The ubiquity of cousin marriage across time and place is charted in chapter nine. For centuries groups as diverse as the nobility, peasants and Jewish communities viewed close marriage as central to maintaining economic, social and cultural bonds. However, cousin marriage reached its zenith amongst the middle classes of Western Europe in the late 19th century, aided by the combination of their prosperity and fecundity with the decline in mortality. The close marriage practices of the middling strata were not only central to cementing business dynasties and securing the social standing of families, but were an essential part of the process of social class formation. Indeed Davidoff speculates that the religious prohibition of close marriage in Eastern Europe may have been responsible for the absence of an effective middle class in capitalist development in that region. Although there has been a weakening of the strictures that define incestuous relationships since the 19th century, particularly amongst those of in-law status, paradoxically cousin marriages in this more permissive age are regarded as abnormal and a cause for comment. Although Davidoff does not posit a definitive explanation for the shift from acceptance to prescription of close marriage, it is clear that cultural, political and scientific factors all played a role and that primordial instincts have very little to do with it.
Thicker than Water is an unqualified success in demonstrating the complex mix of economic, social and cultural factors that shape families past and present. The forms which families take are not random or individual but dependent on the interaction of economic, social and cultural factors. The ‘long family’ that characterised the ‘long 19th century’ was a product of its time and place and had immense significance for psychic processes and public life. The shift to a different family form and to a different family ideal from the early decades of the 20th century has had equivalent, but different, individual and social consequences, although Davidoff is at pains to point out the enduring significance of sibling relations in shaping personal and social identity within the smaller contemporary family unit.
Whilst Thicker than Water demonstrates the dense linkages between the private life of the family and public life, it is less successful in exploring the impact of wider social, cultural and economic formations on psychic and emotional processes. In recent years historians have taken an increasing interest in emotional life and the history of emotions, the basic premise being that emotions are not universal or timeless and that how emotions are expressed and interpreted is shaped by the societies in which they are embedded. Davidoff might have engaged with Peter Stearns’ view that the needs of a newly industrialised society shaped the emotional vocabulary of the Victorian middle classes.(1) Davidoff has done much to alert us to the socially constructed nature of aspects of families and family life that have often been presented as universal or ‘natural’. However, there is little attempt to problematise the feelings of the past and to see them as a product of time and place or to interrogate the meanings given to named emotions. The detailed case studies she draws on could have yielded sufficient source material to provide a more nuanced picture of the emotional community of the middle classes than the broad sweep provided by Stearns. Given that a central aim of the book is to highlight the dramatic impact of the decline in family size on public and personal life, a fuller exploration of the continuities and changes in the emotional landscape of the Victorian bourgeoisie, or at least their sibling relationships, would have been welcome if challenging.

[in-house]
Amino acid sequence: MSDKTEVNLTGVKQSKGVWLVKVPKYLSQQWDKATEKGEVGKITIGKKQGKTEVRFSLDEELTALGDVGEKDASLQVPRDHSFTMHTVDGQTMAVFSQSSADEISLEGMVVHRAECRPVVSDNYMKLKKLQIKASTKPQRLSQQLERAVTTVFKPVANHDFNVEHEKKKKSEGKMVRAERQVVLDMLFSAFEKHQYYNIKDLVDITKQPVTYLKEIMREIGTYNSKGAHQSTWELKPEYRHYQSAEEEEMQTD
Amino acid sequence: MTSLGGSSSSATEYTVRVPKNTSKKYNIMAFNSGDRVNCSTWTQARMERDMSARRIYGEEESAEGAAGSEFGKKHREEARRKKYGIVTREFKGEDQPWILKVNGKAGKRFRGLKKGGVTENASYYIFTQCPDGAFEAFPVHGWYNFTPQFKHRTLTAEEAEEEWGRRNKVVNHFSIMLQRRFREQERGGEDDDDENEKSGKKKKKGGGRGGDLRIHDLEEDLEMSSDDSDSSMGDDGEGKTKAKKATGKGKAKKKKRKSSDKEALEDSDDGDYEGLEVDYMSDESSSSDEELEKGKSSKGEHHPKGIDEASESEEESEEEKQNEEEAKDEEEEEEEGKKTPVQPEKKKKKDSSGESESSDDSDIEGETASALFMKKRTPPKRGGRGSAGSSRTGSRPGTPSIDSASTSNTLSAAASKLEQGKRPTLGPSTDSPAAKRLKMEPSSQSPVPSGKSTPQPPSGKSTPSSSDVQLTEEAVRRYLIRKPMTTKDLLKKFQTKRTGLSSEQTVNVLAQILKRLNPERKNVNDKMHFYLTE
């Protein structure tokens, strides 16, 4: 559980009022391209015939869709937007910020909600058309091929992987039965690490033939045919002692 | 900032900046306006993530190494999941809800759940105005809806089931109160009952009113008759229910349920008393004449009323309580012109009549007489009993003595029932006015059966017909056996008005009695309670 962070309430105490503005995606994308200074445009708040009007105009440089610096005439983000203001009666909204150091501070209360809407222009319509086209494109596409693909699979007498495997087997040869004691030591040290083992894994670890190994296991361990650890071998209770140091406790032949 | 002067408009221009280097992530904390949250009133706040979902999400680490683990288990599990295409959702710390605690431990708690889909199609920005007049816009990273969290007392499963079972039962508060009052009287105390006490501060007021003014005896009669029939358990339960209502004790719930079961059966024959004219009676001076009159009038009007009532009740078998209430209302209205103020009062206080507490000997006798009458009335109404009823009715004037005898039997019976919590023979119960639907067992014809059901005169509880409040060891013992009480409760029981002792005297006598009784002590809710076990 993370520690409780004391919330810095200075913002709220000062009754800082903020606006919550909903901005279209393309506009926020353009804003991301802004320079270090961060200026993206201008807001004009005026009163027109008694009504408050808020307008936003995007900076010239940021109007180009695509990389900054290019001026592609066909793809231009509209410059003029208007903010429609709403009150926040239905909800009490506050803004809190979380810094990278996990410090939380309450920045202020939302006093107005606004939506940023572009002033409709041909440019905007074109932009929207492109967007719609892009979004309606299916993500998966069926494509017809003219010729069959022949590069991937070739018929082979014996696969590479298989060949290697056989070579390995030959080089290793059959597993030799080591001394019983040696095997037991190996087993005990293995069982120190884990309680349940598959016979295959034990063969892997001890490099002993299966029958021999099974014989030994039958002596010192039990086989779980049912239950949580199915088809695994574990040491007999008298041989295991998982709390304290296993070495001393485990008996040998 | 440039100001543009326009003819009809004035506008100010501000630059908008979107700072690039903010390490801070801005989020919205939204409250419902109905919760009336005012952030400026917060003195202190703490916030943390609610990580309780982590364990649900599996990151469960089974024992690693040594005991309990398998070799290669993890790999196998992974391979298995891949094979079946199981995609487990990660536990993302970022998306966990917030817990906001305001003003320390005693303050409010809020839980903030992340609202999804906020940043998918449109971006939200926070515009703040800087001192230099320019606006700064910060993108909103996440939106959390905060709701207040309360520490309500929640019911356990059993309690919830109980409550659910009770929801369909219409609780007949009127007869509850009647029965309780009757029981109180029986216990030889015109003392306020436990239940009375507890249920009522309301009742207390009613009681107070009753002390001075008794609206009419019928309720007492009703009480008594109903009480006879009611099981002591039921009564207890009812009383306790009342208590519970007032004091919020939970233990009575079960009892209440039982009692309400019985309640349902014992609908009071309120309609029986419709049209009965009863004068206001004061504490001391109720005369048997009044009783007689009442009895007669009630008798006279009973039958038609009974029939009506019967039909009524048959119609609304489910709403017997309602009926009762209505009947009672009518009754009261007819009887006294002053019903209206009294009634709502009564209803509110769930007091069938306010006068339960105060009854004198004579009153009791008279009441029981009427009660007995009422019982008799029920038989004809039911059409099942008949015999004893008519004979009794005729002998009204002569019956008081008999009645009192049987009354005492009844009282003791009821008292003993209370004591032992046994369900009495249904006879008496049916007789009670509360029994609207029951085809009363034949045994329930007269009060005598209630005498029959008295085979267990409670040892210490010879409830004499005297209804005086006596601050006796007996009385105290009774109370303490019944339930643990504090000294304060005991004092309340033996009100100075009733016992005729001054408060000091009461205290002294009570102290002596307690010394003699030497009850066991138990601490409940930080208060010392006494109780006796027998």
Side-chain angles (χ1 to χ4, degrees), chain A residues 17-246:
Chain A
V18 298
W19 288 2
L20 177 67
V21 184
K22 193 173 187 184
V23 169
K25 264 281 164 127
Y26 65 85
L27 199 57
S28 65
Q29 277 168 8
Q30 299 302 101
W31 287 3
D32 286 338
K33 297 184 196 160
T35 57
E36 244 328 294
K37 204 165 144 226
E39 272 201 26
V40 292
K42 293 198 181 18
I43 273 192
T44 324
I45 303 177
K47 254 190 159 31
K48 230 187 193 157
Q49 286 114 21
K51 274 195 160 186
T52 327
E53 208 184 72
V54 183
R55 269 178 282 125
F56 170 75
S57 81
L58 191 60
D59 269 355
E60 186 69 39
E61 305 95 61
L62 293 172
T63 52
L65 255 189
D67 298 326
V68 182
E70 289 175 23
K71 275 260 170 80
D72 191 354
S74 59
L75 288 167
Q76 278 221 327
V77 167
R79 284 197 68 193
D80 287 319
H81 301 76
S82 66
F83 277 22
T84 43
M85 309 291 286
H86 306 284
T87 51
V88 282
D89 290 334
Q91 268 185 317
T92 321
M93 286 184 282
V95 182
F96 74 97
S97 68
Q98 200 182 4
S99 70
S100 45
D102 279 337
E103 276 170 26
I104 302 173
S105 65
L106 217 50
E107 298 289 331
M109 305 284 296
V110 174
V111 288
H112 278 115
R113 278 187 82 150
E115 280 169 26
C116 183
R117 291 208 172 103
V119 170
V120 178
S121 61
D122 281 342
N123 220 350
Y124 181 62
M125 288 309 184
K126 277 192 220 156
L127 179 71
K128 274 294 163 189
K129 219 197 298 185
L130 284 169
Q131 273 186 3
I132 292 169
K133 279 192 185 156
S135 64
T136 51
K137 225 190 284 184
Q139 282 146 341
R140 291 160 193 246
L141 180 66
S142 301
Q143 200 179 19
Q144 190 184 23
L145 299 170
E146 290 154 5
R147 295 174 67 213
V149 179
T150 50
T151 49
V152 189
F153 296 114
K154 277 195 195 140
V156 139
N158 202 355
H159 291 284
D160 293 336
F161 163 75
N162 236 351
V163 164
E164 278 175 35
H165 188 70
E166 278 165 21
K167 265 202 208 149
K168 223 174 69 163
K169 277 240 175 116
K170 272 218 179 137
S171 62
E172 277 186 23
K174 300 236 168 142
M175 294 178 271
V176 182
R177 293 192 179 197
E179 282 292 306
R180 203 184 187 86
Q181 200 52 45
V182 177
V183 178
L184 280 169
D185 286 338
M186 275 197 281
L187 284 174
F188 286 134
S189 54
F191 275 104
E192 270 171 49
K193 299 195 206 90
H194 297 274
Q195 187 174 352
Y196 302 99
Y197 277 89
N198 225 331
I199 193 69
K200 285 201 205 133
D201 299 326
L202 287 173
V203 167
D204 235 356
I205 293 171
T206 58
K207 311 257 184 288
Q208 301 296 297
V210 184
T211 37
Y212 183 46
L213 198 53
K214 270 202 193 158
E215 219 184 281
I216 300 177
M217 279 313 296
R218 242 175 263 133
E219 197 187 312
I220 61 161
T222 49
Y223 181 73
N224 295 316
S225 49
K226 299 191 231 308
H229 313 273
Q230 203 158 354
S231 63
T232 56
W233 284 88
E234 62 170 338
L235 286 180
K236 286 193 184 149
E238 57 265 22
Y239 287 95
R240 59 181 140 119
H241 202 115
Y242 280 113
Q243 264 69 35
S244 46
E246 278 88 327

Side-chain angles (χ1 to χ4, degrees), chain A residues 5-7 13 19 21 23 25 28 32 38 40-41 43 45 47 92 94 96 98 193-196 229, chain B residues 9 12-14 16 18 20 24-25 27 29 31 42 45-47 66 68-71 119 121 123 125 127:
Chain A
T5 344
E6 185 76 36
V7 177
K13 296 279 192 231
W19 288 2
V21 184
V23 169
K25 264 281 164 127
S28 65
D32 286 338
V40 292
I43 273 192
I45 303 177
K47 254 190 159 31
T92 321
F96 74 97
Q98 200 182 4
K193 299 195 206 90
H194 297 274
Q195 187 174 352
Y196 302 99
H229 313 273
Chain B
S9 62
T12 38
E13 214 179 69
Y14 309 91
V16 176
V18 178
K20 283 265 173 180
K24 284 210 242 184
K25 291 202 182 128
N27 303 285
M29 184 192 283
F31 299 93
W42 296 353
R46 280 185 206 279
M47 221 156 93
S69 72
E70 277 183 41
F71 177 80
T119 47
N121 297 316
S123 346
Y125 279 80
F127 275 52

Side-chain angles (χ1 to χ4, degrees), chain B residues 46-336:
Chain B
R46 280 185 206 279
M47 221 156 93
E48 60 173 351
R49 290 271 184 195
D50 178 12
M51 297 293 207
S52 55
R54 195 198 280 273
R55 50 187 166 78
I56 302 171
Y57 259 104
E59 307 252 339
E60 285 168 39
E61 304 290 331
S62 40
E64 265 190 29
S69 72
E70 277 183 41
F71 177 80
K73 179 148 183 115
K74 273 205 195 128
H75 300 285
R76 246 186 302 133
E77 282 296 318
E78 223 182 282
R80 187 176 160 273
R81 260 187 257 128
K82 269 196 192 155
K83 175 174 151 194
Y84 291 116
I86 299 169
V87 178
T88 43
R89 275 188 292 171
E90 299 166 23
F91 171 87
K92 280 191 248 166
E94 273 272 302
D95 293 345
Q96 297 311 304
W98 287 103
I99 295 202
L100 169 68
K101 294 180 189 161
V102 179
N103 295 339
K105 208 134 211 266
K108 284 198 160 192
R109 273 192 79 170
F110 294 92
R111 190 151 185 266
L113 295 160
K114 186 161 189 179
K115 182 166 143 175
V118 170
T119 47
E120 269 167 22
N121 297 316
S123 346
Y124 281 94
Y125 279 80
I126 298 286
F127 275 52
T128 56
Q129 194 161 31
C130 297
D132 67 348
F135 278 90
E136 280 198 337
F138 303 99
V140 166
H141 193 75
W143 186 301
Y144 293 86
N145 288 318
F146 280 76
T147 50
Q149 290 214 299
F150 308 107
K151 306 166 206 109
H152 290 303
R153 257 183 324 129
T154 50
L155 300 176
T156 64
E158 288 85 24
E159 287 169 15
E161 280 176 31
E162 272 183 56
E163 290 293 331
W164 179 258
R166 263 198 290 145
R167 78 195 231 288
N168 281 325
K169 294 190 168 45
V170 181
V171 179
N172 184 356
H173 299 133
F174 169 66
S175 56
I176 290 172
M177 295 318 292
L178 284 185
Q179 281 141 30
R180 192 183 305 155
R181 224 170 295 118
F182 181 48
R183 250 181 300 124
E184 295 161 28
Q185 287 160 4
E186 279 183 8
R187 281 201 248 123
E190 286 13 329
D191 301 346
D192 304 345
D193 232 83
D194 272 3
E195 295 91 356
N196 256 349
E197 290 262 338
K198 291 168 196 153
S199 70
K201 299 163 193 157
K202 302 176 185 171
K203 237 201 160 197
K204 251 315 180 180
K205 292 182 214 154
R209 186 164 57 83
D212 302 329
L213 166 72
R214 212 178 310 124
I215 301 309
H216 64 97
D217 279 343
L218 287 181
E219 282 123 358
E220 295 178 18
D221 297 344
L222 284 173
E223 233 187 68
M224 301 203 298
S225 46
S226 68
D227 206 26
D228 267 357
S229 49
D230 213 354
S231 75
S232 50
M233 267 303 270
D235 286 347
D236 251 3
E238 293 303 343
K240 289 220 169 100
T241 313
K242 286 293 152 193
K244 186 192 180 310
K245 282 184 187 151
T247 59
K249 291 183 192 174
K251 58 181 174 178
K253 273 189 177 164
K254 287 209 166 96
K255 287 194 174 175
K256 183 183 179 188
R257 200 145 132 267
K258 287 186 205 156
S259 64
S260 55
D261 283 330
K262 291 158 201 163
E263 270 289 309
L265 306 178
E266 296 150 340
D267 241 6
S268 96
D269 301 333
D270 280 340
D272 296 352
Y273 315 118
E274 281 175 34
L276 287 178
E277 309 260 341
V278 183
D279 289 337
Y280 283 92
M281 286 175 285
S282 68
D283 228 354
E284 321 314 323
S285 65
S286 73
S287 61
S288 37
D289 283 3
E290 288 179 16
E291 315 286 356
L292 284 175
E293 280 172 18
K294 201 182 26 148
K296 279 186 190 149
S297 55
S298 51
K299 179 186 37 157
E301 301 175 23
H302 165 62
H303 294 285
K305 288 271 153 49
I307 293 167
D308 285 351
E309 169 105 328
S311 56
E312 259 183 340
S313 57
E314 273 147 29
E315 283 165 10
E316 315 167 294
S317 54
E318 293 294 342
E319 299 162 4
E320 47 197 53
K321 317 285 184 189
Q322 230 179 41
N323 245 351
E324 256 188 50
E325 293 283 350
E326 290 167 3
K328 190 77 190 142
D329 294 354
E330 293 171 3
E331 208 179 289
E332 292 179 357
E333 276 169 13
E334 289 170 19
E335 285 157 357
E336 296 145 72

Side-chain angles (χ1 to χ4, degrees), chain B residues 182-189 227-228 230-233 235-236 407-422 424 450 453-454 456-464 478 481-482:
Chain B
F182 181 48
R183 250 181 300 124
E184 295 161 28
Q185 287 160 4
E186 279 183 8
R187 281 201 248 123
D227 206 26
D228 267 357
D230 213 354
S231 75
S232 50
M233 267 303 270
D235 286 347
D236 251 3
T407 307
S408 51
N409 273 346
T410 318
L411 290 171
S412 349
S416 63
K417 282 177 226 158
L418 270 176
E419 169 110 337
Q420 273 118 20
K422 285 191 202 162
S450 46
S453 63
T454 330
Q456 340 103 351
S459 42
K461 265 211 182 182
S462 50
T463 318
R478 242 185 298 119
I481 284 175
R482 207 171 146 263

Thicker than Water has much to commend it but it does not add much to our scant knowledge of this aspect of the history of family life. Perhaps historians have to accept the limitations of their discipline as well as their sources or perhaps this is an area ripe for an interdisciplinary approach that can harness the concepts of psychology, anthropology, psychoanalysis and other disciplines to an understanding of the emotional and psychic impact of sibling relationships in the past.
- Peter N. Stearns with Carol Z. Stearns,’Emotionology: clarifying the history of emotions and emotional standards’, The American Historical Review, 90, 4 (October 1985).Back to (1)
The author does not wish to respond to this review.